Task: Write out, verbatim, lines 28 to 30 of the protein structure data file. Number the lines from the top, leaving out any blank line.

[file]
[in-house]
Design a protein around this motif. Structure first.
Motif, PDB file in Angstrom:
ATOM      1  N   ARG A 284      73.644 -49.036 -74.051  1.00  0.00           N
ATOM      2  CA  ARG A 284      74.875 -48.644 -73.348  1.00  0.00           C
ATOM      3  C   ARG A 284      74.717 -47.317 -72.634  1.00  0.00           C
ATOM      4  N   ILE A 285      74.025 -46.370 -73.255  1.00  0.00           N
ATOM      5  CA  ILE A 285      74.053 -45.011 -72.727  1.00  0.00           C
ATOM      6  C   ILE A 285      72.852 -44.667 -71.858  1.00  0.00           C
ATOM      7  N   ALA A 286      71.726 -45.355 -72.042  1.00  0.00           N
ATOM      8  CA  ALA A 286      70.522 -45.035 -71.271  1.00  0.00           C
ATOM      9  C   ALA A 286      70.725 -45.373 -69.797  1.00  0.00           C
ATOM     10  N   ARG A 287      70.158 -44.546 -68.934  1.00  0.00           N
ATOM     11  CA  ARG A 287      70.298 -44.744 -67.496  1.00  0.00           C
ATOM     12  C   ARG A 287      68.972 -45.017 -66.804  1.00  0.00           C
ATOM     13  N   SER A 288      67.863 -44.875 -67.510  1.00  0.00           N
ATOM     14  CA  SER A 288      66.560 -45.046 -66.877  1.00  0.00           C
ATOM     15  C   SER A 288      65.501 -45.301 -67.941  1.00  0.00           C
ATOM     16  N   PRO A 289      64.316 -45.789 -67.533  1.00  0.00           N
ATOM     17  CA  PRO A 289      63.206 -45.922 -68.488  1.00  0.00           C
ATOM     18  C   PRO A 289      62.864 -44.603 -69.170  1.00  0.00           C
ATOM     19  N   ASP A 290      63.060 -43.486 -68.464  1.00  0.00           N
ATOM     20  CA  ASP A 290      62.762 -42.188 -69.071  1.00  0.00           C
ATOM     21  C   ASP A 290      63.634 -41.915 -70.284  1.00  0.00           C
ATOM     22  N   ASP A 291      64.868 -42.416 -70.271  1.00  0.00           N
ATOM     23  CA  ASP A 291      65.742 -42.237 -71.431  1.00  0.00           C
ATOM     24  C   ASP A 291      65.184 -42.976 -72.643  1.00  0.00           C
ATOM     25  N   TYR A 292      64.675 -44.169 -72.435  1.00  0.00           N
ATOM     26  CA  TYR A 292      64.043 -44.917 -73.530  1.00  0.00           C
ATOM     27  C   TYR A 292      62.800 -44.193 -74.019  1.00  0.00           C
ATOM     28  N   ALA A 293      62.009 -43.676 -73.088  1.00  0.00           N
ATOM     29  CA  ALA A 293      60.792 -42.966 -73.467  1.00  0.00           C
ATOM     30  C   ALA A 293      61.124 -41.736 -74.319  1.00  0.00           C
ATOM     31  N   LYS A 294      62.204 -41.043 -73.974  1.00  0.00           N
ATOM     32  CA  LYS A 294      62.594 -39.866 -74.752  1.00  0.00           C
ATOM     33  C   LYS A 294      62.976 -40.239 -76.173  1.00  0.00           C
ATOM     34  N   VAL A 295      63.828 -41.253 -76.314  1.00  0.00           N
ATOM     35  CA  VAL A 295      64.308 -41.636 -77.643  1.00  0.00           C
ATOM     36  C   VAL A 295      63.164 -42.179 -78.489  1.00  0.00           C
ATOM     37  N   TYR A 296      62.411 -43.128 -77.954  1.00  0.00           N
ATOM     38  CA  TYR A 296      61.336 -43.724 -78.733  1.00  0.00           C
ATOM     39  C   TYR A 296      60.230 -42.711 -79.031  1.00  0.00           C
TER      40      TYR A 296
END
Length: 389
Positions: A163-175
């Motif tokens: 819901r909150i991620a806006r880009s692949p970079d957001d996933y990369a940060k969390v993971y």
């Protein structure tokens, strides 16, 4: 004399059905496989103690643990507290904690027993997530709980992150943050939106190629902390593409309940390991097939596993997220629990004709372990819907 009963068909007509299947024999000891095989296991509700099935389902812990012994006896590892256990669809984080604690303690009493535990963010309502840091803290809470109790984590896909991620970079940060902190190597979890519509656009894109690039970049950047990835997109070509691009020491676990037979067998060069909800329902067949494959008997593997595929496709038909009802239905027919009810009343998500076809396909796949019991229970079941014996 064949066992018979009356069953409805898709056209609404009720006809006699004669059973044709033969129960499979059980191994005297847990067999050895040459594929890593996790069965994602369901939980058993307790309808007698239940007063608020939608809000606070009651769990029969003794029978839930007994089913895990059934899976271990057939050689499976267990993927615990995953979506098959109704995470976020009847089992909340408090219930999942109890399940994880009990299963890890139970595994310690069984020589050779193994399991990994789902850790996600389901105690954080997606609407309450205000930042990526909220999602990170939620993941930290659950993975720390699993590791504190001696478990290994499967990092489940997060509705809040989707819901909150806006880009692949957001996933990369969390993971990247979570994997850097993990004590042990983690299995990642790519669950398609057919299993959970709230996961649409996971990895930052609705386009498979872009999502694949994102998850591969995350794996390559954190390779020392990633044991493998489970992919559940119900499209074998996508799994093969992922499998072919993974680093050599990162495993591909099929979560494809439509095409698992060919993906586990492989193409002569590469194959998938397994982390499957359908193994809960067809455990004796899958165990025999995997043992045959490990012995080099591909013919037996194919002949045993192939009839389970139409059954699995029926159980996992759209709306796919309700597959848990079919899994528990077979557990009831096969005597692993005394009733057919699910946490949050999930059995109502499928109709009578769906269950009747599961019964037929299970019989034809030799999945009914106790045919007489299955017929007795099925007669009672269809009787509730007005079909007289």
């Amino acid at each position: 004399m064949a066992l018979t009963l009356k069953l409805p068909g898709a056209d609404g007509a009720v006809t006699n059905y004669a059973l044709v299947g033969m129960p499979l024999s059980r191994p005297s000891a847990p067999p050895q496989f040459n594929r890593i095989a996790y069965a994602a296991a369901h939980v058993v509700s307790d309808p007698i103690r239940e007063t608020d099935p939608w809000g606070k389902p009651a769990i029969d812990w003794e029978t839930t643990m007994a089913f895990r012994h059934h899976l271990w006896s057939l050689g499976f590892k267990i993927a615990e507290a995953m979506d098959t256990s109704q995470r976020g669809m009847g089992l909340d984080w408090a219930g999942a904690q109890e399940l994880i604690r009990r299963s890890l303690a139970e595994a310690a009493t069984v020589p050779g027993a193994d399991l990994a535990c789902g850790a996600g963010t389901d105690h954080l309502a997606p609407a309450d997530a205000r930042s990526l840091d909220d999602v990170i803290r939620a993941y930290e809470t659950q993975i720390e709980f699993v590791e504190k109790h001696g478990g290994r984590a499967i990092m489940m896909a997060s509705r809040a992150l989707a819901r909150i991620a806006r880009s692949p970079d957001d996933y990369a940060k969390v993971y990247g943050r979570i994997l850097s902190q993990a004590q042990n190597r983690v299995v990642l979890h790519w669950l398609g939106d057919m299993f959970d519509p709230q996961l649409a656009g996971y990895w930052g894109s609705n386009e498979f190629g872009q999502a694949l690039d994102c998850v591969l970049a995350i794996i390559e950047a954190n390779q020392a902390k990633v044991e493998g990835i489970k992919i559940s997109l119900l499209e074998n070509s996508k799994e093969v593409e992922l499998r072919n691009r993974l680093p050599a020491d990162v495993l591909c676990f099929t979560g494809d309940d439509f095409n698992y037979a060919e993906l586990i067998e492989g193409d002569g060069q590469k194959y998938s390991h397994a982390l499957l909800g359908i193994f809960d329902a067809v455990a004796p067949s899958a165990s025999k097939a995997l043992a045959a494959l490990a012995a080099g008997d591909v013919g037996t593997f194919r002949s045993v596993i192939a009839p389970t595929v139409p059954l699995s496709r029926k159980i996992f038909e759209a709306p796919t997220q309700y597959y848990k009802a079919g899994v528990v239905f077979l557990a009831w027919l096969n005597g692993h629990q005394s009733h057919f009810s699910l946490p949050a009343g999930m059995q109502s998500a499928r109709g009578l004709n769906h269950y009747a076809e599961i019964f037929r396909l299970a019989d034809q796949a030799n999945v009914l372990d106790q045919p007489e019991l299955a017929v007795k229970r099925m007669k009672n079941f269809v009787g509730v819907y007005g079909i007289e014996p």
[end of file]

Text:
ATOM     25  N   TYR A 292      64.675 -44.169 -72.435  1.00  0.00           N
ATOM     26  CA  TYR A 292      64.043 -44.917 -73.530  1.00  0.00           C
ATOM     27  C   TYR A 292      62.800 -44.193 -74.019  1.00  0.00           C